In 1933, the Democratic majority Congress passed the National Industrial Recovery Act (NIRA) and established the National Recovery Administration (NRA) to revitalize the economy. Section 7a which gave industrial workers the rights of collective bargaining. Hailed by some as an emancipation proclamation of workers, the enacting of this law sparked a surge of optimism throughout the textile industry. For a brief period afterward, production increased by 120% of the average during the 1920s and union membership increased dramatically. However, this optimism was short-lived. It soon became clear that the NRA was not properly enforcing the NIRA as many workers were still being paid below the minimum wage, and mill owners were still laying off workers associated with the UTWA. During UTWA’s convention on August 13, 1934, they declared a general strike beginning on September 1.
Throughout Georgia and the rest of the South, the call for a general strike was strong. Workers were growing impatient with Roosevelt and the NRA’s unreliability and had even participated in minor strikes earlier in the year. Despite the UTWA’s hopes, clashes between strikers and law enforcement occurred across the state, most notably in Macon where police violently dispersed picketers who were disrupting the trains, and in Trion where a standoff between strikers and deputies escalated when one of the deputies fired into the crowd of strikers and fled into the mill.
Although then Georgia Governor Eugene Talmadge held anti-union beliefs, he initially did not respond to the strikes. He knew that a large number of his voters supported the New Deal, and his election for that year relied on him appealing to the Georgia worker. After many reports of violence across the state however, Talmadge declared martial law and sent in the national guard to suppress the strikers. The strikes died down shortly after. After the failure of the general textile strike of 1934, the TWUA merged with other
unions to form the Committee of Industrial Organizations (CIO) in 1935, and the Supreme Court declared the NIRA unconstitutional that same year. However, during the war, the labor unions came to a consensus with the federal government in which they would force businesses to recognize unions, and the unions would take a “no-strike” pledge to ensure the unhindered production of wartime munitions. As a result, Union membership drastically increased to nearly 15 million, and Georgia textile mills began production of military uniforms and parachutes.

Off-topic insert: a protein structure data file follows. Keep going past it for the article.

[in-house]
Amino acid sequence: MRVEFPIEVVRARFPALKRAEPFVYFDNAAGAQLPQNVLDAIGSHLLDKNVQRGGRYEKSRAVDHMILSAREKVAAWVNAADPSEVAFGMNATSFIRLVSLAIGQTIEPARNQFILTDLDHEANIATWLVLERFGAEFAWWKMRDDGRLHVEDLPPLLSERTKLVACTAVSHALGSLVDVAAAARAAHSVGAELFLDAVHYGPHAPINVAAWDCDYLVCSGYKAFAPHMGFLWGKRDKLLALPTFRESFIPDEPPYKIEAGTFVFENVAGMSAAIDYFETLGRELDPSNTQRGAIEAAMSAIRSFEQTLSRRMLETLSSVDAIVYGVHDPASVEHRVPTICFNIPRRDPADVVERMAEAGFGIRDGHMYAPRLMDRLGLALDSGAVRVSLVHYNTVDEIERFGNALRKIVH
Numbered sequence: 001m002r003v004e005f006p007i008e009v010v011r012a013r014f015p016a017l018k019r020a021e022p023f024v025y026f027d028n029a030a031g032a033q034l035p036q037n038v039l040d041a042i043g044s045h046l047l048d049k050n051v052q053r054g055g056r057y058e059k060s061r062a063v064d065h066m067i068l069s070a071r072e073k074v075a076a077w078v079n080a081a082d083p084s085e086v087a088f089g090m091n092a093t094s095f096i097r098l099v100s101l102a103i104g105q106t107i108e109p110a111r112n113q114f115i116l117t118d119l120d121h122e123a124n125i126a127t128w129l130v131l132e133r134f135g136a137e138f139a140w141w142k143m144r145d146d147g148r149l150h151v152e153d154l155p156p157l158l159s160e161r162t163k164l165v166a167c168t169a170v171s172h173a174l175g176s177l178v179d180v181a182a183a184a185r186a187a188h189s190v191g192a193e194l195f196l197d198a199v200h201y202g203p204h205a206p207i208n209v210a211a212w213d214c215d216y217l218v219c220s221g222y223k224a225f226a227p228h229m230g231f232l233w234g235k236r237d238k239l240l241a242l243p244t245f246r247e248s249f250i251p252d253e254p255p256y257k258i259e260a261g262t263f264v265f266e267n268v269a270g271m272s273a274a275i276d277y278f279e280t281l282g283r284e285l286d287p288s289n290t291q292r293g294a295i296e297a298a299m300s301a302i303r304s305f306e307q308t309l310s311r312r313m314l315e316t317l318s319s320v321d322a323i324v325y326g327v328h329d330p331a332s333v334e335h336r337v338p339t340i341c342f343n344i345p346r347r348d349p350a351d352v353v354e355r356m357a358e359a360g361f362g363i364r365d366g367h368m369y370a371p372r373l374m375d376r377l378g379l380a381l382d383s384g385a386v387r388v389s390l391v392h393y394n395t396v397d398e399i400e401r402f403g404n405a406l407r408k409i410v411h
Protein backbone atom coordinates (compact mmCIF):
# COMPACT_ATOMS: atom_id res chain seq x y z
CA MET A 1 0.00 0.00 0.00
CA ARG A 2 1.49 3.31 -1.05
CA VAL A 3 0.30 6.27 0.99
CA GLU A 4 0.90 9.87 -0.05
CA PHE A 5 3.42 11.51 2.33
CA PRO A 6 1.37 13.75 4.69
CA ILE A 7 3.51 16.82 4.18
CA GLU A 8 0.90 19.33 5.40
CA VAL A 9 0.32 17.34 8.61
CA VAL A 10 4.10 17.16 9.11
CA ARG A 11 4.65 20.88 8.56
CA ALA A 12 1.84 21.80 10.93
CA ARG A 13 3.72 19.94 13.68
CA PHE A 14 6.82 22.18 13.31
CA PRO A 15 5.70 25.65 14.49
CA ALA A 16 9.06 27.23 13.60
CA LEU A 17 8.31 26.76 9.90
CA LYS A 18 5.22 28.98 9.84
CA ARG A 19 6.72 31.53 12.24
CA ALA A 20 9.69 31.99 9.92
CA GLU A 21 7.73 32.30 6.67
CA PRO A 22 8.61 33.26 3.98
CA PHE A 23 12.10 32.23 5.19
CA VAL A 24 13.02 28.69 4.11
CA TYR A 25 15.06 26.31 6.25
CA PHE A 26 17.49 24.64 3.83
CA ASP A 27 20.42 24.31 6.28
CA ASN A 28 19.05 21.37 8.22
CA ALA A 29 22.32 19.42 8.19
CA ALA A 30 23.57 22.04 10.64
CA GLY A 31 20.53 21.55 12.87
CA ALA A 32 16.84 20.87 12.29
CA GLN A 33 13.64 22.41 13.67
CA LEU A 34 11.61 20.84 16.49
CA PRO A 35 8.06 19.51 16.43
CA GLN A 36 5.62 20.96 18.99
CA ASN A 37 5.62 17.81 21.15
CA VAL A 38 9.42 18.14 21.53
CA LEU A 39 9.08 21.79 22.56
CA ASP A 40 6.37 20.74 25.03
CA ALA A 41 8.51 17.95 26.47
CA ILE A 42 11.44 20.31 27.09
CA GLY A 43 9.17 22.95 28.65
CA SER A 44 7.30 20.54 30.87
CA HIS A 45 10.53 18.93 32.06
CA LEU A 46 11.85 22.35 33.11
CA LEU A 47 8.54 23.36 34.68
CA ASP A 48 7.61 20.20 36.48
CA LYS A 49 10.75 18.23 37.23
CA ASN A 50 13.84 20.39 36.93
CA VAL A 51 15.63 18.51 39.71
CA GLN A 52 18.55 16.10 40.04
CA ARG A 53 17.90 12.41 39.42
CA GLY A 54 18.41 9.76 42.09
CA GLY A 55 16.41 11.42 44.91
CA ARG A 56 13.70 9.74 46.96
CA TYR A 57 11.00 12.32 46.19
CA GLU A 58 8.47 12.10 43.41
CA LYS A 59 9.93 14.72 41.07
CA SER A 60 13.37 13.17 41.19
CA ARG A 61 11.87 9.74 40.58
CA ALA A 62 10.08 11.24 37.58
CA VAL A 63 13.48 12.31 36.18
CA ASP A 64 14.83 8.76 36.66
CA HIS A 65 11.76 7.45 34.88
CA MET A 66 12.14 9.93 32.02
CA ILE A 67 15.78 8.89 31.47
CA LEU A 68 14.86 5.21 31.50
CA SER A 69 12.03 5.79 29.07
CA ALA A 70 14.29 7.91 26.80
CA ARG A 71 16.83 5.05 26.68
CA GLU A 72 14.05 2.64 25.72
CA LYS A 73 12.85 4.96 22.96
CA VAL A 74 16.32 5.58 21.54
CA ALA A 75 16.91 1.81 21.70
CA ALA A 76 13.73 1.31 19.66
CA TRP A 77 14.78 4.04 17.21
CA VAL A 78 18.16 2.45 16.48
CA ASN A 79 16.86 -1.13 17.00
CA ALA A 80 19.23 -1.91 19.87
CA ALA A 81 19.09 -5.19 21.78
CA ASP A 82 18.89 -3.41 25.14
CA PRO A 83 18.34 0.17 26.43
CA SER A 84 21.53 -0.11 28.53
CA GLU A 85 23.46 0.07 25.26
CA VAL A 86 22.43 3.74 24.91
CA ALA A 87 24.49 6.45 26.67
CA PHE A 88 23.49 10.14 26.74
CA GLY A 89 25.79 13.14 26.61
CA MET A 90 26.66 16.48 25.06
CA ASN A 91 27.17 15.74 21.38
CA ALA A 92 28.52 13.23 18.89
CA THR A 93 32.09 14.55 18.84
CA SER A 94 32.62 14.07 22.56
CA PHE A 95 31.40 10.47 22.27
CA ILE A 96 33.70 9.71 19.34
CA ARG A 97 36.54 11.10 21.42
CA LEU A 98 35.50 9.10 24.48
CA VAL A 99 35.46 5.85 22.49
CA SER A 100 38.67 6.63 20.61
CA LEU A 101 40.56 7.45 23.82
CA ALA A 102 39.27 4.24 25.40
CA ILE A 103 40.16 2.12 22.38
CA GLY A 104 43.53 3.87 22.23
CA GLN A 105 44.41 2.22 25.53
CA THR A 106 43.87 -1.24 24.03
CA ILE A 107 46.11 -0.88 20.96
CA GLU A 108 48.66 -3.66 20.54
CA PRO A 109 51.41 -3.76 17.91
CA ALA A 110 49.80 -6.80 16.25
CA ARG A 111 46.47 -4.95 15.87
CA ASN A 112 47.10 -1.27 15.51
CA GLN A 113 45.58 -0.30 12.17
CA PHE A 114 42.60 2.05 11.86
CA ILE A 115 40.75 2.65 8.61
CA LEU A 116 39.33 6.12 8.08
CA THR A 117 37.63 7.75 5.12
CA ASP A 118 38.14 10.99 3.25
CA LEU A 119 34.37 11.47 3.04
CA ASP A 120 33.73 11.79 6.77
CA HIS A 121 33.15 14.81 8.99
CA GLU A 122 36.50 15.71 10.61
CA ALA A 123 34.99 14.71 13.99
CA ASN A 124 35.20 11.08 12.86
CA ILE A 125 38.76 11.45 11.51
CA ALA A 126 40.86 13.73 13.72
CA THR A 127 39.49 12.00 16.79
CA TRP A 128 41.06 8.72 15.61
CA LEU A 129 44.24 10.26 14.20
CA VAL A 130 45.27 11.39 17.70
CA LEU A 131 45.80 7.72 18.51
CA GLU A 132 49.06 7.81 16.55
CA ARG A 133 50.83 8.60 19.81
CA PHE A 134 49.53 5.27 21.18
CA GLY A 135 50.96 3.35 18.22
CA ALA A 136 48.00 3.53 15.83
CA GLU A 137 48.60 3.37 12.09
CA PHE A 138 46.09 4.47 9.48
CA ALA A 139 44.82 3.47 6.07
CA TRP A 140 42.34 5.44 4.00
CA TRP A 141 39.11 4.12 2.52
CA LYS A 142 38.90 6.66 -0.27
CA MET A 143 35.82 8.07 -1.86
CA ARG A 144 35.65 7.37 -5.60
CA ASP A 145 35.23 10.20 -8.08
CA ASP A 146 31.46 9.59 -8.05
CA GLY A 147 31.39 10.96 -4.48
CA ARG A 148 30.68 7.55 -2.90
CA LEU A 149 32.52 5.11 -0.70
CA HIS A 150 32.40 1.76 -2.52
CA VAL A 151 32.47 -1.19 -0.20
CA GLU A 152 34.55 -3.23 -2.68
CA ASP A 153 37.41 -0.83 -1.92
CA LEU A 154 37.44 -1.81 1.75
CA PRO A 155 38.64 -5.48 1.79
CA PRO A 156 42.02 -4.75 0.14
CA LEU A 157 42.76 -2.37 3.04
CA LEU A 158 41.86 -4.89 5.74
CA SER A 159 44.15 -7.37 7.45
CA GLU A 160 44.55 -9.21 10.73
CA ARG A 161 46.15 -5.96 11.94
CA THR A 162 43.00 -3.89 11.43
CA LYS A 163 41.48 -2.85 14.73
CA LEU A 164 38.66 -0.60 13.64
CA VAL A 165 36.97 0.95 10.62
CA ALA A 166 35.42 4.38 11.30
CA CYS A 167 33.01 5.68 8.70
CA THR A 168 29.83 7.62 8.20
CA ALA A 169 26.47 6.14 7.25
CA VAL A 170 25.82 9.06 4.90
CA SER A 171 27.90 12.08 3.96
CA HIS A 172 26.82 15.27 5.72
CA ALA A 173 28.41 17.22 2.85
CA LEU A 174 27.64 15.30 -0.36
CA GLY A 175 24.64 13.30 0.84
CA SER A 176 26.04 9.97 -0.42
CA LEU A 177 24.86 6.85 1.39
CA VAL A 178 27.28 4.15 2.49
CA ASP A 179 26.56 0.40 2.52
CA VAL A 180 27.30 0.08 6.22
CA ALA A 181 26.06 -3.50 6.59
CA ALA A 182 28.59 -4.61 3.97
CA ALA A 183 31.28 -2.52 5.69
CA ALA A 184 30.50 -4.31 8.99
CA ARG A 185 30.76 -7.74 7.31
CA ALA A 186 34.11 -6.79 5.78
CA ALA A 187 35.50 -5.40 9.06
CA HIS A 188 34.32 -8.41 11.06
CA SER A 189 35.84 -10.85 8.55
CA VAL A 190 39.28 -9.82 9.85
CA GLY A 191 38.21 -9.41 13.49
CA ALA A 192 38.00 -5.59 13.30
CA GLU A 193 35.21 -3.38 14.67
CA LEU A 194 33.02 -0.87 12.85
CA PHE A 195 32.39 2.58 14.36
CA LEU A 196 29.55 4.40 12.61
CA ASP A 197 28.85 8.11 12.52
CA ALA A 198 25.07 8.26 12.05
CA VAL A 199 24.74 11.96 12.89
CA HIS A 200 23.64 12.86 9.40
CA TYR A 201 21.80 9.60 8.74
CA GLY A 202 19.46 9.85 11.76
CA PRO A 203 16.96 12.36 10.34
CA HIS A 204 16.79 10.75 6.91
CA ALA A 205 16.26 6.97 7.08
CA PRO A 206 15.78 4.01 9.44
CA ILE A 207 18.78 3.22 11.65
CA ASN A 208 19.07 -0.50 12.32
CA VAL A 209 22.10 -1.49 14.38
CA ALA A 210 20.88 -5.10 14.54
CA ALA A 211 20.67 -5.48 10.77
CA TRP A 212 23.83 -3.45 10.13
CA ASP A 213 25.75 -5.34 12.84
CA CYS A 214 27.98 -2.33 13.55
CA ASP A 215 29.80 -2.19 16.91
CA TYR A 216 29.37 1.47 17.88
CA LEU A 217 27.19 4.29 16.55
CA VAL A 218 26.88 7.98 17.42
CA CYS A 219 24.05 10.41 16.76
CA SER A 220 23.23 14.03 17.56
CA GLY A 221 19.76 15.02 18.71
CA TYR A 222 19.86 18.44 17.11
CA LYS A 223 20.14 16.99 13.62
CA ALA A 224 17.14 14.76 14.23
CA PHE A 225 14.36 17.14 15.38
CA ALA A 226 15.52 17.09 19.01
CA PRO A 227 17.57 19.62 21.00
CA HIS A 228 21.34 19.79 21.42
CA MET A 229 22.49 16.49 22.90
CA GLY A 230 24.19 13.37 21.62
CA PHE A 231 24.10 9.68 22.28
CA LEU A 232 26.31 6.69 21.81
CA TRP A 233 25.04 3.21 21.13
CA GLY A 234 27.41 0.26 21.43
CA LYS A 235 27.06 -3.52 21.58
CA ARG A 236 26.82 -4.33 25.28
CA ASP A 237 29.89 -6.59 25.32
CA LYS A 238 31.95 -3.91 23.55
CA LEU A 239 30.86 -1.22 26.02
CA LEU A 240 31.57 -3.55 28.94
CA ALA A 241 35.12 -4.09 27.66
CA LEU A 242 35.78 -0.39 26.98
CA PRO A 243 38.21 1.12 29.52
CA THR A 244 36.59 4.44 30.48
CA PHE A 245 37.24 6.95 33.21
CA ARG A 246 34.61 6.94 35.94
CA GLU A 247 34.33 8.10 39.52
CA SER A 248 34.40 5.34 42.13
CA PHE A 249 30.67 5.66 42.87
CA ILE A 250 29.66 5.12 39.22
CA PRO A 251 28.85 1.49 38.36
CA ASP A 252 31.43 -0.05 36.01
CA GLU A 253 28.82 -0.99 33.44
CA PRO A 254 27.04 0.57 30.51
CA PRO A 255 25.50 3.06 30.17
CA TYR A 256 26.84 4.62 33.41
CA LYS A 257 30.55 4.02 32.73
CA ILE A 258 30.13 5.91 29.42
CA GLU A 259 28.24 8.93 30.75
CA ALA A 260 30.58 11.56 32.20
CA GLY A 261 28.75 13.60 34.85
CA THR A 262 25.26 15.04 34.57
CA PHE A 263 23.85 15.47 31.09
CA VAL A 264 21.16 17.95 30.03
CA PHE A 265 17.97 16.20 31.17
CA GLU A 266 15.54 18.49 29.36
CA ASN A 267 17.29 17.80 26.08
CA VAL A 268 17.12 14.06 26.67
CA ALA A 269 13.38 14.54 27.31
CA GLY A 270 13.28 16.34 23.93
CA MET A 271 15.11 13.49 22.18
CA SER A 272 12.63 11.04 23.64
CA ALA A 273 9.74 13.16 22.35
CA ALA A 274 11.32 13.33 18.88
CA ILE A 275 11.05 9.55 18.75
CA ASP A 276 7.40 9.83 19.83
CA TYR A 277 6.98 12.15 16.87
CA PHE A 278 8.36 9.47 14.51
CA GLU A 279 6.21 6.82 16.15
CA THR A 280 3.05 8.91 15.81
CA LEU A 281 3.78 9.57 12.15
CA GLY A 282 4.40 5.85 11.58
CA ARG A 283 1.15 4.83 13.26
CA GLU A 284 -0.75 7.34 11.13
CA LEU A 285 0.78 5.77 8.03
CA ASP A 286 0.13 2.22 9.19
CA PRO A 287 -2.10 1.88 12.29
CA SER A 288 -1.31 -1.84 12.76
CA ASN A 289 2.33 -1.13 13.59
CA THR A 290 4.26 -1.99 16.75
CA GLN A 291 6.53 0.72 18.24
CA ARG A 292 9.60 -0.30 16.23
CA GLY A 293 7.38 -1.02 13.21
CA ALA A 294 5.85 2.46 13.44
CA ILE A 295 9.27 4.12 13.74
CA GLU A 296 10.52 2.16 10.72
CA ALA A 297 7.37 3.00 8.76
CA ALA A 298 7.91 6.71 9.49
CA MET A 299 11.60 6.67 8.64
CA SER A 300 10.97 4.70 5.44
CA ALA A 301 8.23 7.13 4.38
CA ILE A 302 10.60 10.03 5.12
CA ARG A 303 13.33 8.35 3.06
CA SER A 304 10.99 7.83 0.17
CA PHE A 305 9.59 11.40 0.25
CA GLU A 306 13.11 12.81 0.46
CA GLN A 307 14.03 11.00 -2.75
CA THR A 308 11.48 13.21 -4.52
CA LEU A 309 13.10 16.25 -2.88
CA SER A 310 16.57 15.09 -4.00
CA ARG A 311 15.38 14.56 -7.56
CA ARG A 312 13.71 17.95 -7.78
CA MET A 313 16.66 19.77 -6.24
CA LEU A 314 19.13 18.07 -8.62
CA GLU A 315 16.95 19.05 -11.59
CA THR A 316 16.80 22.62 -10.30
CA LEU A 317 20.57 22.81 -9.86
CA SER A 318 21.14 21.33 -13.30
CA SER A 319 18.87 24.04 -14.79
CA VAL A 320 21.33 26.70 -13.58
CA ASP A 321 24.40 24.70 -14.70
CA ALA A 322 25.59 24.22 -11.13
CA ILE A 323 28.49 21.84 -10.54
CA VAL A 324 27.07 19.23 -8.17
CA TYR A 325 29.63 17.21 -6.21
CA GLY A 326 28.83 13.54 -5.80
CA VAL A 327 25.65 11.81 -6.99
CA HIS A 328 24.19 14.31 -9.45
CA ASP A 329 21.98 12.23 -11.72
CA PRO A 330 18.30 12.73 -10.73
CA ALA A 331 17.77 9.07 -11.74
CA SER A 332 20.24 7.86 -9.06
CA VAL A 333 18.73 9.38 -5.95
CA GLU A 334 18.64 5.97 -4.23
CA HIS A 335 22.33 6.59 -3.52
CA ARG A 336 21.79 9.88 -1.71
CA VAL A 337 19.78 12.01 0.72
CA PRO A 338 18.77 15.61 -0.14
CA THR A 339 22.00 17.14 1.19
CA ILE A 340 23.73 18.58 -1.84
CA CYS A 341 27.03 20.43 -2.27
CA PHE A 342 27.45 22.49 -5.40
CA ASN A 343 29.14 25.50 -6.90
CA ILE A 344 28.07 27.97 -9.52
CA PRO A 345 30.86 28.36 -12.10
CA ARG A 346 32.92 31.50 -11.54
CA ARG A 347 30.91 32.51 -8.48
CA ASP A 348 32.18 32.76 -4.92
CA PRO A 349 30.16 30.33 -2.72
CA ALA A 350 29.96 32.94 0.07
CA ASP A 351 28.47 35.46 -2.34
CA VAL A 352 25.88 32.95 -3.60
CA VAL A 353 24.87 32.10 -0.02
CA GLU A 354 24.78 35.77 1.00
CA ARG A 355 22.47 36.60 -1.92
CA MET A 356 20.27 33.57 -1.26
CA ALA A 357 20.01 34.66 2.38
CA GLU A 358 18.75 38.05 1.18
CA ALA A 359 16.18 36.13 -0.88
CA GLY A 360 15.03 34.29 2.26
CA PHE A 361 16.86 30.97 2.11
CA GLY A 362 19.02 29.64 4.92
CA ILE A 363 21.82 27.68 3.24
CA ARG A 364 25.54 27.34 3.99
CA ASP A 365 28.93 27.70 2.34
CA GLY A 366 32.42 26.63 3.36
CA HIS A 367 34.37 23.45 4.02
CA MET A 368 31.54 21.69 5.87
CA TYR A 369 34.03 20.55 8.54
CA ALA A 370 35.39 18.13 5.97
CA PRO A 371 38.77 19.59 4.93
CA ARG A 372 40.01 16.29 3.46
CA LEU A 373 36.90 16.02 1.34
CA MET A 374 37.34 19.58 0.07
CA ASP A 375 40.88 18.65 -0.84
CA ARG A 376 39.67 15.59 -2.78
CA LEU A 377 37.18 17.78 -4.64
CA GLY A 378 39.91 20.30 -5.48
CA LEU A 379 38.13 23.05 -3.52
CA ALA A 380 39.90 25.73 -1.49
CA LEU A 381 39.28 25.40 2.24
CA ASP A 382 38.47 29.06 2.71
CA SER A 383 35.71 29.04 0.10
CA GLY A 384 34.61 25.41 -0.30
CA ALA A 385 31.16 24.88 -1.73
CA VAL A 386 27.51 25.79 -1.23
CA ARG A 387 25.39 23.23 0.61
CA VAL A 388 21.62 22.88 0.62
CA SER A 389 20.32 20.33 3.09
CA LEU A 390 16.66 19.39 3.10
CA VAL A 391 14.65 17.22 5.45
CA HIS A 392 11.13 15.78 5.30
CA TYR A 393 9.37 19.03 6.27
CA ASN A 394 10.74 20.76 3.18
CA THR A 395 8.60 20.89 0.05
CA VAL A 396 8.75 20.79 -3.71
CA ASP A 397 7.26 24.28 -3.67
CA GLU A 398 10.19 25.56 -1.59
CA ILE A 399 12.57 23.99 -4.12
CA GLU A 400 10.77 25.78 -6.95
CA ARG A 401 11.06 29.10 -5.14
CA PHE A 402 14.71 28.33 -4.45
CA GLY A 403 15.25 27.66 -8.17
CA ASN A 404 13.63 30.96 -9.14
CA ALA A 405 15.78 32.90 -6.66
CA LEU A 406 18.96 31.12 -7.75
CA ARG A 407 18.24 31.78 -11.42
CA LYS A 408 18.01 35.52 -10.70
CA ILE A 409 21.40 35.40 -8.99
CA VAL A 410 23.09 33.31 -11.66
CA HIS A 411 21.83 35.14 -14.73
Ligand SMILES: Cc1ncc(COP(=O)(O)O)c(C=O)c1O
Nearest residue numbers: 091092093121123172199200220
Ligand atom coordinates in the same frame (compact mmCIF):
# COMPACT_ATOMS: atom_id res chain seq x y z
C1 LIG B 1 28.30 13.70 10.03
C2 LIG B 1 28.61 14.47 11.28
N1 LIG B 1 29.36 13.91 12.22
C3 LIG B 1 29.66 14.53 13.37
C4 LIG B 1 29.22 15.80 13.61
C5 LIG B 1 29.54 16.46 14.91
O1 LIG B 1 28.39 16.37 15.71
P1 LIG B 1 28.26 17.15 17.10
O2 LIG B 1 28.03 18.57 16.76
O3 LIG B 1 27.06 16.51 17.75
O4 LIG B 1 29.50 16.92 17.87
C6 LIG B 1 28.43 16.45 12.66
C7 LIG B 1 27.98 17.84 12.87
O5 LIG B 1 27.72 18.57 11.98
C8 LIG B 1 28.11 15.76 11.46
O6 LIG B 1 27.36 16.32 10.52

As the war in the Pacific concluded so did the demand for military equipment, and textile workers lost a substantial amount of income. As a result of the Athens Manufacturing Company’s refusal to negotiate with the TWUA, the textile workers began their strike. All across the state workers in other large manufacturing towns, such as Macon and Rome, had also begun to strike. George Baldanzi, the executive vice president of the TWUA, claimed that around 45,000 workers were involved in the strike by September of 1945. By 1946, the CIO commenced Operation Dixie in an attempt to end the anti-union conservativism that had dominated Southern politics for decades. This strike received plenty of support from veterans of World War II returning from duty, who would not cross the picket line to work and joined the movement.
However, even after almost two years of striking, the Athens Manufacturing Company was still adamant in their stance. Despite an ultimatum in favor of the strikers and the order to rehire all strikers, the Athens Manufacturing Company refused to bargain with the strikers and only rehired 50 of the around 400 of them. On March 11, 1947, the TWUA called off the strike. All across the South, Operation Dixie slowly failed due to racial tensions between the black and white workers in the Jim Crow South and the loss of public support due to the Red Scare. Then in June that same year, Congress overrode President Truman’s veto on the Taft Hartley Act which, among other things, made closed-shop policies (businesses are required to only hire union members) illegal, allowed states to pass “right-to-work” laws, and forced union officials to declare their disassociation with communism, which set back labor advancements significantly and led to the decline of organized labor in the nation.